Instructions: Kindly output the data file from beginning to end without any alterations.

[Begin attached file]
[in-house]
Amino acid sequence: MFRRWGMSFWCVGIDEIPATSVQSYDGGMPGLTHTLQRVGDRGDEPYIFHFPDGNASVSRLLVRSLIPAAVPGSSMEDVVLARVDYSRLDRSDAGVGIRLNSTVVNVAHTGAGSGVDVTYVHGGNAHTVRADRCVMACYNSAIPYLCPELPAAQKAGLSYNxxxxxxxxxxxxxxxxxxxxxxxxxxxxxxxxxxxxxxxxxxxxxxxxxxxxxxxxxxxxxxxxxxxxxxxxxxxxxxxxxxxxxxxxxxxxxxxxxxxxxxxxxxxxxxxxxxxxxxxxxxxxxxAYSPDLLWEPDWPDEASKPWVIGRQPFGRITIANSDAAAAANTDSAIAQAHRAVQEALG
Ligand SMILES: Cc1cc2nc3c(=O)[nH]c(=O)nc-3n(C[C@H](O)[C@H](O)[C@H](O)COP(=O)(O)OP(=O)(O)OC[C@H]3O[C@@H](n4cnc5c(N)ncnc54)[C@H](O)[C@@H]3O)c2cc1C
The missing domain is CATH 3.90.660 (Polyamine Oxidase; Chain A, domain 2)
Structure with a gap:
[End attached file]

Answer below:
[in-house]
Amino acid sequence: MFRRWGMSFWCVGIDEIPATSVQSYDGGMPGLTHTLQRVGDRGDEPYIFHFPDGNASVSRLLVRSLIPAAVPGSSMEDVVLARVDYSRLDRSDAGVGIRLNSTVVNVAHTGAGSGVDVTYVHGGNAHTVRADRCVMACYNSAIPYLCPELPAAQKAGLSYNxxxxxxxxxxxxxxxxxxxxxxxxxxxxxxxxxxxxxxxxxxxxxxxxxxxxxxxxxxxxxxxxxxxxxxxxxxxxxxxxxxxxxxxxxxxxxxxxxxxxxxxxxxxxxxxxxxxxxxxxxxxxxxAYSPDLLWEPDWPDEASKPWVIGRQPFGRITIANSDAAAAANTDSAIAQAHRAVQEALG
Ligand SMILES: Cc1cc2nc3c(=O)[nH]c(=O)nc-3n(C[C@H](O)[C@H](O)[C@H](O)COP(=O)(O)OP(=O)(O)OC[C@H]3O[C@@H](n4cnc5c(N)ncnc54)[C@H](O)[C@@H]3O)c2cc1C
The missing domain is CATH 3.90.660 (Polyamine Oxidase; Chain A, domain 2)
Structure with a gap: